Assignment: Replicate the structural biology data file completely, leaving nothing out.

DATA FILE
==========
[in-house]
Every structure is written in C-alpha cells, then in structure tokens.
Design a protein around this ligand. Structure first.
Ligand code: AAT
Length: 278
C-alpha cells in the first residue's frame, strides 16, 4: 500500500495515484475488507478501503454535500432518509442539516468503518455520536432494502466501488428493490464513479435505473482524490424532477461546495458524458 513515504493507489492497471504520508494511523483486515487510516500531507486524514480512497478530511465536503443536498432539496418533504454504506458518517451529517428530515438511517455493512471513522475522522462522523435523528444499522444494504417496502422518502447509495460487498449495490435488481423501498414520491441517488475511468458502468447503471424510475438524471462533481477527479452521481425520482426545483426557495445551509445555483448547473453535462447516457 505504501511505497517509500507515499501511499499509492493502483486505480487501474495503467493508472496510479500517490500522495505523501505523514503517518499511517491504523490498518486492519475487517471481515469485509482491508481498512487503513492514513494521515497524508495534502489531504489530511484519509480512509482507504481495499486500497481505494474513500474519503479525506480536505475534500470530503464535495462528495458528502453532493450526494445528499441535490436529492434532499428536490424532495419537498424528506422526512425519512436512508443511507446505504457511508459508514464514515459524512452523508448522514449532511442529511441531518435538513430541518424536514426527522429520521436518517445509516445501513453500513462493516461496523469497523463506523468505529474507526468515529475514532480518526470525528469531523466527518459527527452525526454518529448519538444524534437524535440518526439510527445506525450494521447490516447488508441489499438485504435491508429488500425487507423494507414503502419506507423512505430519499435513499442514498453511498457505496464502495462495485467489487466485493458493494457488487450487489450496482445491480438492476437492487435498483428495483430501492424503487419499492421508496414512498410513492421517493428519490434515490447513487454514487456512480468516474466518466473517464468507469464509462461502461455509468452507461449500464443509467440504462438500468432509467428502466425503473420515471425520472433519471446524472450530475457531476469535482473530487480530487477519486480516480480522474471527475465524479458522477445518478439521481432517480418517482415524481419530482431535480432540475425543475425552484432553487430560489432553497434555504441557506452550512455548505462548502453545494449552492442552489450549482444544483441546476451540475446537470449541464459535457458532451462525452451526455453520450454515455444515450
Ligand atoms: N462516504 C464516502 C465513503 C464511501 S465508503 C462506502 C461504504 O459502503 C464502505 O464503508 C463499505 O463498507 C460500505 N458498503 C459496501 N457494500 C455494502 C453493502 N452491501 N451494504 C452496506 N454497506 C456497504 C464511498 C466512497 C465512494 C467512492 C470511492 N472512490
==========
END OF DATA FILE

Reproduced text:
[in-house]
Every structure is written in C-alpha cells, then in structure tokens.
Design a protein around this ligand. Structure first.
Ligand code: AAT
Length: 278
C-alpha cells in the first residue's frame, strides 16, 4: 500500500495515484475488507478501503454535500432518509442539516468503518455520536432494502466501488428493490464513479435505473482524490424532477461546495458524458 513515504493507489492497471504520508494511523483486515487510516500531507486524514480512497478530511465536503443536498432539496418533504454504506458518517451529517428530515438511517455493512471513522475522522462522523435523528444499522444494504417496502422518502447509495460487498449495490435488481423501498414520491441517488475511468458502468447503471424510475438524471462533481477527479452521481425520482426545483426557495445551509445555483448547473453535462447516457 505504501511505497517509500507515499501511499499509492493502483486505480487501474495503467493508472496510479500517490500522495505523501505523514503517518499511517491504523490498518486492519475487517471481515469485509482491508481498512487503513492514513494521515497524508495534502489531504489530511484519509480512509482507504481495499486500497481505494474513500474519503479525506480536505475534500470530503464535495462528495458528502453532493450526494445528499441535490436529492434532499428536490424532495419537498424528506422526512425519512436512508443511507446505504457511508459508514464514515459524512452523508448522514449532511442529511441531518435538513430541518424536514426527522429520521436518517445509516445501513453500513462493516461496523469497523463506523468505529474507526468515529475514532480518526470525528469531523466527518459527527452525526454518529448519538444524534437524535440518526439510527445506525450494521447490516447488508441489499438485504435491508429488500425487507423494507414503502419506507423512505430519499435513499442514498453511498457505496464502495462495485467489487466485493458493494457488487450487489450496482445491480438492476437492487435498483428495483430501492424503487419499492421508496414512498410513492421517493428519490434515490447513487454514487456512480468516474466518466473517464468507469464509462461502461455509468452507461449500464443509467440504462438500468432509467428502466425503473420515471425520472433519471446524472450530475457531476469535482473530487480530487477519486480516480480522474471527475465524479458522477445518478439521481432517480418517482415524481419530482431535480432540475425543475425552484432553487430560489432553497434555504441557506452550512455548505462548502453545494449552492442552489450549482444544483441546476451540475446537470449541464459535457458532451462525452451526455453520450454515455444515450
Ligand atoms: N462516504 C464516502 C465513503 C464511501 S465508503 C462506502 C461504504 O459502503 C464502505 O464503508 C463499505 O463498507 C460500505 N458498503 C459496501 N457494500 C455494502 C453493502 N452491501 N451494504 C452496506 N454497506 C456497504 C464511498 C466512497 C465512494 C467512492 C470511492 N472512490